KSC Seminar with Prof. Stefaan De Wolf

Sep 02 2019 11:00 AM - Sep 02 2019 12:00 PM

KSC Seminar: Passivating Contacts for Silicon and Perovskite Solar Cells

Speaker: Prof. Stefaan De Wolf

KAUST Solar Center


Date & Time: Monday 2nd September, 2019 at 11am
Venue: Building 5, level 5, room 5209
Light refreshments will be provided. 

AbstractIn silicon and perovskite solar cells, the presence of surface states at their electrical contacts is increasingly recognized as a key factor limiting device performance. In this presentation, first I discuss how such surface states result in Fermi-level pinning (FLP) and surface recombination. FLP impairs the ability of contact materials through their work function to induce an anticipated band bending in the photovoltaic absorber underneath, affecting charge collection. On the other hand, surface recombination inflates the open-circuit deficit WOC = Eg/q – VOC (Eq is the bandgap, q the elementary charge and VOC is the open-circuit voltage). Quite generally, a high WOC also results in a poor FF.

To fabricate functional contacts, two strategies are possible: Classically, for silicon solar cells, heavy surface doping is applied, which narrows the Schottky barrier, enabling majority-carrier tunneling to the contacting material, but resulting in undesired high-doping phenomena such as Auger recombination and free-carrier absorption. Alternatively, passivating-contact technology aims at minimizing the interface-gap state density. For silicon, using density-functional theory calculations, we find that a good passivating contact needs chemical passivation and a displaced outer electrode, else metal-induced gap states are present [2]. A prime example of passivation-contact technology are silicon heterojunction solar cells, using very thin amorphous silicon films for contact formation and passivation. Such devices have demonstrated record-high voltages and power-conversion efficiencies. Nevertheless, the used very thin amorphous silicon films may result in some parasitic absorption losses. Therefore, an important area of research in recent years has been the development of strategies to improve current generation in these devices. Essentially, three options are available: the use of more transparent contacting materials, placing all contacts at the back of the device, or develop tandem technologies to harvest more effectively the blue part of the solar spectrum. A prominent example of the first strategy is the use of metal oxides to replace the (doped) amorphous silicon films, such MoOx replacing p-type amorphous silicon. In the context of such 'doping-free' contact materials, recently several attractive materials have been proposed for electron collection as well such as TiOx and the metal nitrides TaNx and TiNx [3,4]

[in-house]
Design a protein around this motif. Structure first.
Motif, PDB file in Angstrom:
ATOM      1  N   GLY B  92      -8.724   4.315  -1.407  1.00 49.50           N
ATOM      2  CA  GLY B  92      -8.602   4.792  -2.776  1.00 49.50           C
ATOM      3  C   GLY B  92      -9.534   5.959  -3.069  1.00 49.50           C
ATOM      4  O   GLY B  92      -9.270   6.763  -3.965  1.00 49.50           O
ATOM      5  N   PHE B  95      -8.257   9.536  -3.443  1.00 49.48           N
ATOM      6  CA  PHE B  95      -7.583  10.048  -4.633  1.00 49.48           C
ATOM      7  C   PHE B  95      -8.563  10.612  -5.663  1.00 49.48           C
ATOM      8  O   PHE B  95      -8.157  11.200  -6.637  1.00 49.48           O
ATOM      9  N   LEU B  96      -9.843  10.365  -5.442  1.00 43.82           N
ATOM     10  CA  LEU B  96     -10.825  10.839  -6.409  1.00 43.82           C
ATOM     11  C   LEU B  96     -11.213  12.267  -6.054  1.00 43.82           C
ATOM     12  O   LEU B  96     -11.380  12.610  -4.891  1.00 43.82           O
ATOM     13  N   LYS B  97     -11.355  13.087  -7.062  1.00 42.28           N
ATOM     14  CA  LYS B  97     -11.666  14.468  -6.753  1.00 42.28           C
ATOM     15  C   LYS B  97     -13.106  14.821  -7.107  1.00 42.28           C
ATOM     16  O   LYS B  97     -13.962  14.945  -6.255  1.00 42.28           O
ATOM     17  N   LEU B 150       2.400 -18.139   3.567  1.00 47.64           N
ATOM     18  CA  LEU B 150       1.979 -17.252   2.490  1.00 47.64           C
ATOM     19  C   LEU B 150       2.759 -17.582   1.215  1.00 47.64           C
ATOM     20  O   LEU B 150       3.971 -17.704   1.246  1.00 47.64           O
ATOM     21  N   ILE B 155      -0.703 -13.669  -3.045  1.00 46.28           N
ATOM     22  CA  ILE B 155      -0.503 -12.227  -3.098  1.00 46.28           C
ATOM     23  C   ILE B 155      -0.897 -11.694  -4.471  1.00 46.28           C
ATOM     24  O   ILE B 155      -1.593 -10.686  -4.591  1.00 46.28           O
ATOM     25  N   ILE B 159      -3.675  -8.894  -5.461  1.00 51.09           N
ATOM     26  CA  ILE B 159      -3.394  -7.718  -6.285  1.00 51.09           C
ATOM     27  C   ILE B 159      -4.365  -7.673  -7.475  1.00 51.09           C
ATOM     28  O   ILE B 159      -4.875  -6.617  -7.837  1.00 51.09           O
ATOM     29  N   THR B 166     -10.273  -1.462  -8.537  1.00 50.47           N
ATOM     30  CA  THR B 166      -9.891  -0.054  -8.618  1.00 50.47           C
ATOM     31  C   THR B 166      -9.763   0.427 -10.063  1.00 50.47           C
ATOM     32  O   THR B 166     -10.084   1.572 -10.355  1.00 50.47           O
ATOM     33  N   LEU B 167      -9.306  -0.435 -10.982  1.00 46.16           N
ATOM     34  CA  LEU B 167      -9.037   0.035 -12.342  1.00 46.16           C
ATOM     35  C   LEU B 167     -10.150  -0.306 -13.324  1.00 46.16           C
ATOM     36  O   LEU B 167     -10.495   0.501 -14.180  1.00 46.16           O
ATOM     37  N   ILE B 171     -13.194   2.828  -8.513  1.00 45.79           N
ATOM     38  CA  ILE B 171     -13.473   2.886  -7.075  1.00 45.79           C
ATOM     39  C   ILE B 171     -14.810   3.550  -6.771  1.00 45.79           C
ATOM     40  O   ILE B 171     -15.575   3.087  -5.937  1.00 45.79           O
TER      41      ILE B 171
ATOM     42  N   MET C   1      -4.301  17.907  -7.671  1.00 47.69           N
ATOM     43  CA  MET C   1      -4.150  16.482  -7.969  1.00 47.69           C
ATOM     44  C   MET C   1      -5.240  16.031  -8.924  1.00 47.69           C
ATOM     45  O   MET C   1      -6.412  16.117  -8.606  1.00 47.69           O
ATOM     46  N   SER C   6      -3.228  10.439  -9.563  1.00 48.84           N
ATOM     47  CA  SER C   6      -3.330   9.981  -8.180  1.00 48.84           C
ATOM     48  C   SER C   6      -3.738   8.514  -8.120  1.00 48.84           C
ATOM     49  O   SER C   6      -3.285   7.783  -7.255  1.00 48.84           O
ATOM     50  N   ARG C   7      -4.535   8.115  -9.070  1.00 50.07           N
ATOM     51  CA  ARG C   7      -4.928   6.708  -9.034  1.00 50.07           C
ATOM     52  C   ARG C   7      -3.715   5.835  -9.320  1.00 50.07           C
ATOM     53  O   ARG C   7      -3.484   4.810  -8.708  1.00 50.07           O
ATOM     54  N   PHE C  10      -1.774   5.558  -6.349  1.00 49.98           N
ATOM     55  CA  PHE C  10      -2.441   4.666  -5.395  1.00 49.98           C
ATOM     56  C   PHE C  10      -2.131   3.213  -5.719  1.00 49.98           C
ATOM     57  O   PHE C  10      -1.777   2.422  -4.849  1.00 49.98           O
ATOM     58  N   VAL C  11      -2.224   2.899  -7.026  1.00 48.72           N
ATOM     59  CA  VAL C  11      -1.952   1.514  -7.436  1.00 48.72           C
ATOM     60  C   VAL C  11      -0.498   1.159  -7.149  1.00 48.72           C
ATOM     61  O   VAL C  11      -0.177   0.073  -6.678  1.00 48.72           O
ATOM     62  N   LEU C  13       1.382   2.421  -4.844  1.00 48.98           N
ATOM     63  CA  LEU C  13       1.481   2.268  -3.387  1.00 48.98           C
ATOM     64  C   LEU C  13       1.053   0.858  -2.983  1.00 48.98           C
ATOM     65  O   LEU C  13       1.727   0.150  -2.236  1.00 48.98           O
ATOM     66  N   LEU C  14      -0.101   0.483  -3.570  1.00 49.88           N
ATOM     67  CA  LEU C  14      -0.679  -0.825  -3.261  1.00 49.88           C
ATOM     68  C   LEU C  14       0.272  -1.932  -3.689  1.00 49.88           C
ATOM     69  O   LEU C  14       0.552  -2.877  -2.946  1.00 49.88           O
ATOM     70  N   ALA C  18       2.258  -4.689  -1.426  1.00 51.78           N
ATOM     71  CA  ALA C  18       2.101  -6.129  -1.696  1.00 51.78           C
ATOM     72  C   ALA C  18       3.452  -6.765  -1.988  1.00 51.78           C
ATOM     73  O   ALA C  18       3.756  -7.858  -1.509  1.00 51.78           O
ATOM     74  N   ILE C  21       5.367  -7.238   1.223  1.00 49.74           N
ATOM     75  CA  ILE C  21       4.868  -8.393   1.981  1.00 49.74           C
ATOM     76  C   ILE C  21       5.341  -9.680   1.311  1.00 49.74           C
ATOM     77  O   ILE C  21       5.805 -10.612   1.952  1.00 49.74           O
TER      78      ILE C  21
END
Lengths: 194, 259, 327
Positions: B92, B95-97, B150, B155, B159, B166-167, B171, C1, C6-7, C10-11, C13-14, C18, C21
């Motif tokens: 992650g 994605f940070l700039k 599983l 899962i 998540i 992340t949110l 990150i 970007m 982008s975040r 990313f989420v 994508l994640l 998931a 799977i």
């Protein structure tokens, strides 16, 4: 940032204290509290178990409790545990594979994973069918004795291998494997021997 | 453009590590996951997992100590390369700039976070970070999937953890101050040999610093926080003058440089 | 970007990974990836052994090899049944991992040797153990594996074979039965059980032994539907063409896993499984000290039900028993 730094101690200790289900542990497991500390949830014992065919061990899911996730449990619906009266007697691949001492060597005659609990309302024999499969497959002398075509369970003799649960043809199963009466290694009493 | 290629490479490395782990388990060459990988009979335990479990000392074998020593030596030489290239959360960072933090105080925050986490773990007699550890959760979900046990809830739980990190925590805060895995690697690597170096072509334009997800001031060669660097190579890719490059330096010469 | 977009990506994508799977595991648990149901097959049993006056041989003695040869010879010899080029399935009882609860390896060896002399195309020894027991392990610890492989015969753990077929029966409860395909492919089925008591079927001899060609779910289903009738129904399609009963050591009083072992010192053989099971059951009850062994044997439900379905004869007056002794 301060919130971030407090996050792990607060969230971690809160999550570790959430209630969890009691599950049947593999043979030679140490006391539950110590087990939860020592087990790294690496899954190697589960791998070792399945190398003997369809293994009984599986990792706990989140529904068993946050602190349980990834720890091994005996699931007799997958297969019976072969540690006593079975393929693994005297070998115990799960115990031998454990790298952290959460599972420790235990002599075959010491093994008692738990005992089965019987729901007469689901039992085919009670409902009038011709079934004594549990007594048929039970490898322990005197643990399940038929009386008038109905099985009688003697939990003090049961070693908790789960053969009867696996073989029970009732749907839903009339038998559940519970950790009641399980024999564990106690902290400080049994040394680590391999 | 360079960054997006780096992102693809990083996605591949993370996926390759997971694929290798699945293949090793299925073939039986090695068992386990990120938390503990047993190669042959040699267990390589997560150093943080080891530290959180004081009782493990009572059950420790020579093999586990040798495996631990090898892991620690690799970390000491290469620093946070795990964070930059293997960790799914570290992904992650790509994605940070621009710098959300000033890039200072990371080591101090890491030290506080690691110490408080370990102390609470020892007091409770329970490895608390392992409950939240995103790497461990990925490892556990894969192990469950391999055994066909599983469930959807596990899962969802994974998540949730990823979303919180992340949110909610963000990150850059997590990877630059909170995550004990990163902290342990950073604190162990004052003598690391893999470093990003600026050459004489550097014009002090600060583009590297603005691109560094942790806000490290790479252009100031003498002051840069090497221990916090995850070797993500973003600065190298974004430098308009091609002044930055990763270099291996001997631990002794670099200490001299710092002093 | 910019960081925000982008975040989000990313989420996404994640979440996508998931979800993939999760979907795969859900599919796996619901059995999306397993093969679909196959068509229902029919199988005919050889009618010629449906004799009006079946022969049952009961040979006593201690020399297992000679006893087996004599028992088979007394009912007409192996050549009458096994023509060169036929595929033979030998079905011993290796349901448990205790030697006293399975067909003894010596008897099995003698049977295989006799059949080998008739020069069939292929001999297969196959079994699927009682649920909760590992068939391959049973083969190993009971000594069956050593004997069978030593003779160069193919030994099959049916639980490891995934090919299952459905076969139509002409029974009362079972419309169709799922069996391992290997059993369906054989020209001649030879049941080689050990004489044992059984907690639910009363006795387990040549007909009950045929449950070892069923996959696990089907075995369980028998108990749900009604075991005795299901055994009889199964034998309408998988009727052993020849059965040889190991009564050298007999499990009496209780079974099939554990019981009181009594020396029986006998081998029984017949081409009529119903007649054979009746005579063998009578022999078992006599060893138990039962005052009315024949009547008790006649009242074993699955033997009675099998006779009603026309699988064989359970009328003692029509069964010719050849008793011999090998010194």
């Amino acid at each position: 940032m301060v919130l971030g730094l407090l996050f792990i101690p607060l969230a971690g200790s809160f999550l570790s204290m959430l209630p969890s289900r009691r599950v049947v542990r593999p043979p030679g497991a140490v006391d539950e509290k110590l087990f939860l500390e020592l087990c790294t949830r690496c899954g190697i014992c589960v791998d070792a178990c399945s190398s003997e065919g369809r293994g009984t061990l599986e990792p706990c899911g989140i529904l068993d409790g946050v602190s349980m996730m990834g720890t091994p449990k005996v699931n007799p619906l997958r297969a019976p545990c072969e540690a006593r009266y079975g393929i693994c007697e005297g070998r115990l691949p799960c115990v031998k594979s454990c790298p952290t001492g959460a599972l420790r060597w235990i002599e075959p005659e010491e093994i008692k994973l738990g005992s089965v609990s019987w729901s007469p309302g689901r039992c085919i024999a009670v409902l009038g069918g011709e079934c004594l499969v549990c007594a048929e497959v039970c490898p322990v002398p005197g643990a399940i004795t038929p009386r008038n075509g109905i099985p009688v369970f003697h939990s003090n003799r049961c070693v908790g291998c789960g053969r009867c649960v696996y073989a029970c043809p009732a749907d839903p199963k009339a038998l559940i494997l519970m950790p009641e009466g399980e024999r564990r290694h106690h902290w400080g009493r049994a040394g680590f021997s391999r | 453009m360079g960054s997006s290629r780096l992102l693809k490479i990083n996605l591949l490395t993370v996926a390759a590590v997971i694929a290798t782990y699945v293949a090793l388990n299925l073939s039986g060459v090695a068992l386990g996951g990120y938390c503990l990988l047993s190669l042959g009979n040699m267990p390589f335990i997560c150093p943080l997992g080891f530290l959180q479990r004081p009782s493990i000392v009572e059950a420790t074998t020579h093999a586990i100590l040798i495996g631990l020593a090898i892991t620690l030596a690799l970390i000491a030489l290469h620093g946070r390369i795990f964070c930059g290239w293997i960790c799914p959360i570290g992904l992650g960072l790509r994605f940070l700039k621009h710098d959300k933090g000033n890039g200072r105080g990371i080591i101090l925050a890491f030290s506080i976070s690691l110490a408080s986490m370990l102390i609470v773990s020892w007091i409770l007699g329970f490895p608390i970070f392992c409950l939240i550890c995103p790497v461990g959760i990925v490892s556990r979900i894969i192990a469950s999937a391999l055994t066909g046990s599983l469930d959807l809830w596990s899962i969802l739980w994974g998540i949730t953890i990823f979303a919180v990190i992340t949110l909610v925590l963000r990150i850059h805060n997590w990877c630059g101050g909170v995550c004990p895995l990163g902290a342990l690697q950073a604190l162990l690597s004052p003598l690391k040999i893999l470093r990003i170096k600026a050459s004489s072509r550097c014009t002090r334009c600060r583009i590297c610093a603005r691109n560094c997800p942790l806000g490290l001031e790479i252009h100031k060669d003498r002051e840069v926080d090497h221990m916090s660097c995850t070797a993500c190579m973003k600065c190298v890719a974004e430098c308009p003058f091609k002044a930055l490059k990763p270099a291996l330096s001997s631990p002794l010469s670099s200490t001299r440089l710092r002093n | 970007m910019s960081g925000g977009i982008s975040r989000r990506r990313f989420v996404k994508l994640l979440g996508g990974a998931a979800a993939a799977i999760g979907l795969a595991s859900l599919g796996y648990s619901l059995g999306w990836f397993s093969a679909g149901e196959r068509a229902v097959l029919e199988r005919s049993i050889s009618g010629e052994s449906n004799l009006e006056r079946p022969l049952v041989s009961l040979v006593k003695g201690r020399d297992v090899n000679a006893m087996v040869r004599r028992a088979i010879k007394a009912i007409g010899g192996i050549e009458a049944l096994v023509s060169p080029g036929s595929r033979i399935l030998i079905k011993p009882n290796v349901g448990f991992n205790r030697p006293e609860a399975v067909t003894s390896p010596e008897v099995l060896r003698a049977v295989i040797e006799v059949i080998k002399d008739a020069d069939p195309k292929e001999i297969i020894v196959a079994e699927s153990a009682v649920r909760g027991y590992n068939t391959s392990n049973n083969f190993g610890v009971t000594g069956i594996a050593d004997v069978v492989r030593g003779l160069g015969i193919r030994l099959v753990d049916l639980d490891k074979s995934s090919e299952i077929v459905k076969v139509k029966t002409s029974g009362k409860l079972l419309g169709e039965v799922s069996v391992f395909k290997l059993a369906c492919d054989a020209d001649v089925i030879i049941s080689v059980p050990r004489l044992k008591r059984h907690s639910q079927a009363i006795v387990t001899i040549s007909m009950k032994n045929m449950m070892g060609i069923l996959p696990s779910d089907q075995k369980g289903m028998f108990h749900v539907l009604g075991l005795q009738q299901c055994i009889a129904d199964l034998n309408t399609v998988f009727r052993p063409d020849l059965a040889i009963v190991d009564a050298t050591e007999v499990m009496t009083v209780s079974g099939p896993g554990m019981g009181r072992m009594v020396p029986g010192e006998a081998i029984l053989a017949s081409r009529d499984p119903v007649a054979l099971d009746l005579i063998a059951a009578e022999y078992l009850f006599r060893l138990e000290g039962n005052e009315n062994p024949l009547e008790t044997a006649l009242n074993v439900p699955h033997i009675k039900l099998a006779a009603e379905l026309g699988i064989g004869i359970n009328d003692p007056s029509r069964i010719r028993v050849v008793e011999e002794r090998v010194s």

Regarding silicon-based tandems, the combination with a perovskite top cell has been identified to be particularly promising to enable ultra-high efficiency photovoltaics at affordable cost. I will finish my presentation with a discussion how passivating contacts are also of increasing interest in perovskite solar cells to enable higher VOCs, FFs, as well as to quench hysteresis in their current-voltage characteristics [1]. 

BiographyStefaan De Wolf has been working on silicon solar cells and materials at IMEC in Belgium and AIST in Japan. In 2008, he joined PV-lab at EPFL in Switzerland, as a team leader for its activities on high-efficiency silicon solar cells. Since September 2016, he is an Associate Professor at KAUST in Saudi Arabia working on high-efficiency photovoltaics for hot climates.